In Uganda, I learned first-hand a lesson that is laid out as a broadly applicable framework in Kentaro Toyama’s new book, Geek Heresy. The person who drove that lesson home is Spiridon Atukunda, the man you see explaining our purifier to a rapt audience in this picture, while I sit nearby and come to terms with how much better things are now going because he stepped in. The context is a refugee camp in Uganda, where moments before I was struggling to communicate, but now was watching understanding register on faces.
This brings me to Toyama’s thesis, which is so simple that it’s nearly self-evident: Technology is only an amplifier of human effort, and does not constitute a pre-packaged, transferable, or scalable solution on its own. If this sounds non-controversial, the utility of the book becomes apparent as soon as he begins pointing out the hypocrisies in how technology is applied to aid and development work, both abroad and in the US. In the context of international aid and development work, that means technology's success depends on leaders, implementers, and beneficiaries.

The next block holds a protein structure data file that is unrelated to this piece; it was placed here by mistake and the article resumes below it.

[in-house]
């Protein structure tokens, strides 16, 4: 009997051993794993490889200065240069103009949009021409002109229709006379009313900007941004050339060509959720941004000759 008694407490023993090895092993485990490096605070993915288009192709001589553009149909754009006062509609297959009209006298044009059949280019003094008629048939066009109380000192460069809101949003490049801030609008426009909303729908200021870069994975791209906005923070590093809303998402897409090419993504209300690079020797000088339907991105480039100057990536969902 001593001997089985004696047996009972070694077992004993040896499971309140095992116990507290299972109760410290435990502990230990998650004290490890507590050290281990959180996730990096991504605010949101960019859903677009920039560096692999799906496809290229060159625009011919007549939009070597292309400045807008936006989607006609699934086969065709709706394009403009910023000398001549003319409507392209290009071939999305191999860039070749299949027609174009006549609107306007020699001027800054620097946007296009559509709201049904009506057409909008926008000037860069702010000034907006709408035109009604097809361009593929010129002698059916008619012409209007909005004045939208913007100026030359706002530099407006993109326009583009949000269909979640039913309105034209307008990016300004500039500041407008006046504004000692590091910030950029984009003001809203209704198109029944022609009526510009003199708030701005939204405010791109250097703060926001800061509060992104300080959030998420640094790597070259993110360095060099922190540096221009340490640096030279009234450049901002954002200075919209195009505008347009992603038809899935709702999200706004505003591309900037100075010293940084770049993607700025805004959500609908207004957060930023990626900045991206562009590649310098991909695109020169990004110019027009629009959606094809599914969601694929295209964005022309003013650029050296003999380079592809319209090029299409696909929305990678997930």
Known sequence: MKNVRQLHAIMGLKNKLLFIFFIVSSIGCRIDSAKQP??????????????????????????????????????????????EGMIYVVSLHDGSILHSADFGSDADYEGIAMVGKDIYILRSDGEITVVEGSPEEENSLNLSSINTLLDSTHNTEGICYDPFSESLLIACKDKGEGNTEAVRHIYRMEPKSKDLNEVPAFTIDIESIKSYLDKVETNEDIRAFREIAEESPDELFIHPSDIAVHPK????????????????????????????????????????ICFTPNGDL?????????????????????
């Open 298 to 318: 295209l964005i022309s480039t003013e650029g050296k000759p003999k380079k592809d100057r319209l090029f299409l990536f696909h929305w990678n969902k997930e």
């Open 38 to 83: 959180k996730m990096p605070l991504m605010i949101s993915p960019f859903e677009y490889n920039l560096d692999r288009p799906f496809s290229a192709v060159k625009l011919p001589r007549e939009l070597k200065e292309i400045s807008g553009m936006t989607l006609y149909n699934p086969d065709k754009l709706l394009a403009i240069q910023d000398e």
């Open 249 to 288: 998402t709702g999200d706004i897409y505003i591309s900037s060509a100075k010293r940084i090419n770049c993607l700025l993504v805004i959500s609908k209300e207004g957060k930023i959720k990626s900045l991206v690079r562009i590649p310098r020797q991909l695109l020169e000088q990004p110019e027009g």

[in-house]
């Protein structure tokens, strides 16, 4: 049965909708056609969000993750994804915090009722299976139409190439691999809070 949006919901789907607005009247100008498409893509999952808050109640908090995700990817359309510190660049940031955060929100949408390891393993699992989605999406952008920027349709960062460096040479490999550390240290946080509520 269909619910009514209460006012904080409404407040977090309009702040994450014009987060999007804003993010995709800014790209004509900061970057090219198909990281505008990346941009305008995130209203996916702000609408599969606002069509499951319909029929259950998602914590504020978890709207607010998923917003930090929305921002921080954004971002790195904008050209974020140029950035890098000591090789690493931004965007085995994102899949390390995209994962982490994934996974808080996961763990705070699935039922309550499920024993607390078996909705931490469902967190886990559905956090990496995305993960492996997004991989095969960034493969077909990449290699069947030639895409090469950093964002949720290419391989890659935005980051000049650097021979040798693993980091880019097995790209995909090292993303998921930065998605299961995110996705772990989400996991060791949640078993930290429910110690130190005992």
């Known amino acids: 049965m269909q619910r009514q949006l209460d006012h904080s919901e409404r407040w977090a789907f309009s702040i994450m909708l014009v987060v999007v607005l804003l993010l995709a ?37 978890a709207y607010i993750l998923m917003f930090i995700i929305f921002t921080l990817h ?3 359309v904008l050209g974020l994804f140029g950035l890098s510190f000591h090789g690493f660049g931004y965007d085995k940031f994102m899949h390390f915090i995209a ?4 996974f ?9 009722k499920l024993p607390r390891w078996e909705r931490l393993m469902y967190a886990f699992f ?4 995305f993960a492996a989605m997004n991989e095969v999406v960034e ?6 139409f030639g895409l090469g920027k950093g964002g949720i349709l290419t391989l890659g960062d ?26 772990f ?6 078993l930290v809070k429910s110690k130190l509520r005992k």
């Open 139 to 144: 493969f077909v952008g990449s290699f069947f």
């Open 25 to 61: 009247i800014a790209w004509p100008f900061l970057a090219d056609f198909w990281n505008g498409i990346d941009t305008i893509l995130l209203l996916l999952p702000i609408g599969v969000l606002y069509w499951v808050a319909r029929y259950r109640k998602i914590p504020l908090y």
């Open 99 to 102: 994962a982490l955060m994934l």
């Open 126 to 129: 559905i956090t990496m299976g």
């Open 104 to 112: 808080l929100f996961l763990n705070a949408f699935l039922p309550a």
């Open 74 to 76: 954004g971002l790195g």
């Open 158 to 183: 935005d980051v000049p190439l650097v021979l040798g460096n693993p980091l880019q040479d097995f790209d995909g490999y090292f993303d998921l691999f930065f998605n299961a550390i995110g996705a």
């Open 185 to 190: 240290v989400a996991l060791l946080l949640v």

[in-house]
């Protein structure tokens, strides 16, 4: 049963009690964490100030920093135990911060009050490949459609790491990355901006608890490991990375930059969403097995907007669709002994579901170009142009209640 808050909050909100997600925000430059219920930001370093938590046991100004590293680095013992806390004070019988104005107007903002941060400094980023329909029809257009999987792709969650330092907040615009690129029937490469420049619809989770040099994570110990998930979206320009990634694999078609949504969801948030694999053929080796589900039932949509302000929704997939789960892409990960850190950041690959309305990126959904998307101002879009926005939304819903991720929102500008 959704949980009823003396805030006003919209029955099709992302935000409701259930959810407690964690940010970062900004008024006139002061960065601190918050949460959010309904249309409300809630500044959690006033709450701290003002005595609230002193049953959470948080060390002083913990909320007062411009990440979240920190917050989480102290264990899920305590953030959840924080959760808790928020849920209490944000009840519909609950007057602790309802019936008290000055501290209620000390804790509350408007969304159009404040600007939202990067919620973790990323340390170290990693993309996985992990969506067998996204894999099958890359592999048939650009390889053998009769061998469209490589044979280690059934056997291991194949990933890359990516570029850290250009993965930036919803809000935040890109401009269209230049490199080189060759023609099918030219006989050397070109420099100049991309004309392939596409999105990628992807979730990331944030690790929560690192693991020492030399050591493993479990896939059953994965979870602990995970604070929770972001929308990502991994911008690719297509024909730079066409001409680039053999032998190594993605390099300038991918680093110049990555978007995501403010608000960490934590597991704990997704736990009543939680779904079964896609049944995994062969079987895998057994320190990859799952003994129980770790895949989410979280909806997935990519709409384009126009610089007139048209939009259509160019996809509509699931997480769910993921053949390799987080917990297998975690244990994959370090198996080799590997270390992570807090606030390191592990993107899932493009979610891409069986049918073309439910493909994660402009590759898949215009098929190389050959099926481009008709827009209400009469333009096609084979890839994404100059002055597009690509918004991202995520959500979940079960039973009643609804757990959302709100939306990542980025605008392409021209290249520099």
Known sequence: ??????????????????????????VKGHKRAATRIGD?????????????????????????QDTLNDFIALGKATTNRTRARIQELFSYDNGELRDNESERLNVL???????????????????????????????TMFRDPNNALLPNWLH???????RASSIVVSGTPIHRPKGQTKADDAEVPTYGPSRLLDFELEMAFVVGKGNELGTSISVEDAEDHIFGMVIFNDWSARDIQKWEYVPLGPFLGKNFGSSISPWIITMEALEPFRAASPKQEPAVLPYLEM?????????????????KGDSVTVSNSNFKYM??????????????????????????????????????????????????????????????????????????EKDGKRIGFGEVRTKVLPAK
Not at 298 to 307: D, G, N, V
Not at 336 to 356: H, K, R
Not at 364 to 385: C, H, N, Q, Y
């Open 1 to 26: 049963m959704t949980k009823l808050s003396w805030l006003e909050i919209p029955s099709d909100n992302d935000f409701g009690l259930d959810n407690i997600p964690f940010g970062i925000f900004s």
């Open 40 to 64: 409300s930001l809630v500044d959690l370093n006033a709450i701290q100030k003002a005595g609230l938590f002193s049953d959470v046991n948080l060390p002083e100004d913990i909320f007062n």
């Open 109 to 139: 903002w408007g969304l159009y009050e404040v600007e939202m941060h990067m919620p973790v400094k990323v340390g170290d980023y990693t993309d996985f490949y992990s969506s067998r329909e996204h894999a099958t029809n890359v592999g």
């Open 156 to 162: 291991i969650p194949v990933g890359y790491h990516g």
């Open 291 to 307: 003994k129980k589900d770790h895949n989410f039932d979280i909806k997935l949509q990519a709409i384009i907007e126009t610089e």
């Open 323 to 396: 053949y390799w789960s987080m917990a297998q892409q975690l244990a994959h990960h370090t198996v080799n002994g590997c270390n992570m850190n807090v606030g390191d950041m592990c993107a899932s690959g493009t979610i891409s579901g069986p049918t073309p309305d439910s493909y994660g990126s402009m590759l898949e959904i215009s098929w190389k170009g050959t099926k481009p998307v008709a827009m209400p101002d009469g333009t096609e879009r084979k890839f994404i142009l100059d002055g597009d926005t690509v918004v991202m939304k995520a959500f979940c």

At the end of the day, our Smart Solar Purifier is simply a tool that can allow effective aid organizations to amplify the outcomes of their safe water projects, by offering external validation of the results of their work. We offer fast, reliable data on usage where before there was none. Similarly, for end users (beneficiaries) who are motivated to treat their drinking water, we’re offering a tool that lets them do so with much less effort and much higher certainty of success than their existing alternatives.
Understanding and appreciating the appropriate role of technology in aid and development work allows us to make intelligent design decisions, and to take an appropriate role in working with our customers: that of empowering already-effective institutions and individuals to amplify the positive results of their efforts.